Recently, an earthquake cracked Sonam Zeren’s mountain.
Neither of us speaks Mandarin. I sent her a sad-face emoticon. Within seconds, three circular hand signals pinged back confidently: OK OK OK.
Hieroglyphics fit the Hengduan. In adjacent valleys, there are mutually incomprehensible languages. There are many dialects in the range. Its ridgelines divide accents.
The mountains are a tower. Their name could be Babel.
Professor Luo Xin, an expert in medieval Chinese history at Peking University in Beijing, does not know precisely why the baffling stone towers of the Himalaya were built.
Luo suspects their purpose may have changed across geography and time. But he informs me: “You can find them not just in the Hengduan Mountains but in Beijing.”
A Qing emperor built replicas of the remote Sichuanese towers in his capital, Luo says, to train his troops on siege techniques. This was in the 18th century.
“A few are still there,” he says, laughing. “Nobody really looks at them twice.”
We bunked down with four yak herders. With a melancholic sigh, ice crystals blasted the side their tin house. A bull was found frozen to the bone in the snow outside.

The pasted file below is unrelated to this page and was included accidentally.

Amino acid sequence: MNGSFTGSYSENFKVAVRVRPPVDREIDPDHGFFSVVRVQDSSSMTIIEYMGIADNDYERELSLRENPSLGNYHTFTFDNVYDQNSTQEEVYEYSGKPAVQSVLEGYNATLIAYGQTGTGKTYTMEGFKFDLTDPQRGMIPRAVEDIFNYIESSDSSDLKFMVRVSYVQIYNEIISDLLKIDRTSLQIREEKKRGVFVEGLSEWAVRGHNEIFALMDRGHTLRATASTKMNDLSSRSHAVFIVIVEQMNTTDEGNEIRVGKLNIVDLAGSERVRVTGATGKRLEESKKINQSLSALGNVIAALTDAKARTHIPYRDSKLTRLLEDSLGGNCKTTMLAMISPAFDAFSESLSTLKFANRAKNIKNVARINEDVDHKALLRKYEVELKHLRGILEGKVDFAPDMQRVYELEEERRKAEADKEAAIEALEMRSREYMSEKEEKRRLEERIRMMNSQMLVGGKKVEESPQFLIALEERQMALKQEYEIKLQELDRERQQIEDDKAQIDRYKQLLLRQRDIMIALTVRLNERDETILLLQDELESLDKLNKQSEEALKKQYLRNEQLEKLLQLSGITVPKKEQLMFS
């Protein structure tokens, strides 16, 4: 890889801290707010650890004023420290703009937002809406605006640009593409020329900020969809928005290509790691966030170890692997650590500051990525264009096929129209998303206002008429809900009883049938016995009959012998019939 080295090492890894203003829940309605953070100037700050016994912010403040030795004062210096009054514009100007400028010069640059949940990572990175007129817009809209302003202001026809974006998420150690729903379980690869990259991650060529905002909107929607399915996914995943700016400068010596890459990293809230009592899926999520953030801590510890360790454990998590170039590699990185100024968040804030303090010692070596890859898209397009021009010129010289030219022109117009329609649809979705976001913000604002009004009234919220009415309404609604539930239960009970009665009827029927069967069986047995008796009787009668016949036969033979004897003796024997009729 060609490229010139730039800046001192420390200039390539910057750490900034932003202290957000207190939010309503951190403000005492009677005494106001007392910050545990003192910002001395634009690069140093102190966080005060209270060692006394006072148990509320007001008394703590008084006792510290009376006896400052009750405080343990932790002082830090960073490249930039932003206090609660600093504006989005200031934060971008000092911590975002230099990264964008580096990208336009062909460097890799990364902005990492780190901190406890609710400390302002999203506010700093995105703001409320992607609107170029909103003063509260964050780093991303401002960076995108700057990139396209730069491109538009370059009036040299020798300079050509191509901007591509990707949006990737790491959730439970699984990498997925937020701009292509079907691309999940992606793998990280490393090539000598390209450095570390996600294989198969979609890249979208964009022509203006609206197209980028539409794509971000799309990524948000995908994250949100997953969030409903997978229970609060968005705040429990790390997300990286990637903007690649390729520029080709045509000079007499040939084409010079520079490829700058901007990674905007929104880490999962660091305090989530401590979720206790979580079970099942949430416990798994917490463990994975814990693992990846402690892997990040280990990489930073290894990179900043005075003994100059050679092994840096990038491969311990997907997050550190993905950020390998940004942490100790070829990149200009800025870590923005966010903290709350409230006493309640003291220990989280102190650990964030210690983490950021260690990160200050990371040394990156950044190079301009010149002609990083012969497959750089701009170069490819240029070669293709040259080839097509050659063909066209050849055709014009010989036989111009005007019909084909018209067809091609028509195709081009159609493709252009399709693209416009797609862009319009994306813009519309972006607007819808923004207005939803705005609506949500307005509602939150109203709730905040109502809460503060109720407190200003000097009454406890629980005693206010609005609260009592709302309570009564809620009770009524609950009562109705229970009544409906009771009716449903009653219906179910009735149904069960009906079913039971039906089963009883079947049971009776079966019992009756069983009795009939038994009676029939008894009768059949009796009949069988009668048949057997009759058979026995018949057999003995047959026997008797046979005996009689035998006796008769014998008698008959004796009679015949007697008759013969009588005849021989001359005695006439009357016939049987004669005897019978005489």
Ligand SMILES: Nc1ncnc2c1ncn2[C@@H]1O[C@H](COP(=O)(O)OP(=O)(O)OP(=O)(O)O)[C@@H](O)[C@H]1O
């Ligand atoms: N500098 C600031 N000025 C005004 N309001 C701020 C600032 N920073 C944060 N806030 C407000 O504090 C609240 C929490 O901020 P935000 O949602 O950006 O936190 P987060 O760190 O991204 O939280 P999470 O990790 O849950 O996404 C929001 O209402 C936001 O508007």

How did shepherds track their individual animals through the immense cosmos of the Hengduan Mountains?
“Oh, we know their faces,” Sonam Badeng explained. “We recognize them.”
Yang and I tottered over a snow pass where mineralized springs gushed water bright as arterial blood. We reached the first lowland roads close to Jiagenbaxiang. The houses of settled Tibetans looked like stone mansions. We’d missed the era of the last black tents by at least 15 years. Friendly pig–hogs were plentiful in the Hengduan Mountains. They trotted up to get their ears rubbed. After less than a minute, it fell onto its back, blissfully sleeping. The towers at Pengbuxi looked like obelisks that had been dropped from a blue ceramic sky.
“They built them to warn of bandit attacks,” said a local businessman named Dengzhu Zhaxi, who was taking his young daughter on a tour of the remote site. “Fire at night, and smoke during the day. Notice how all the towers are line of sight.”
Days later, limping beside the highway between Lhasa and Shanghai, I realized that wasn’t right.
The towers of Pengbuxi are styluses: They were scratching out the stories of our lives on the grand disc of sky that revolves, eternally, above the Hengduan Mountains of Sichuan.
The National Geographic Society, committed to illuminating and protecting the wonder of our world, has funded Explorer Paul Salopek and the Out of Eden Walk project since 2013. Explore the project here.
The author of 5 books, 3 of which are New York Times bestsellers. I’ve been published in more than 100 newspapers and magazines and am a frequent commentator on NPR.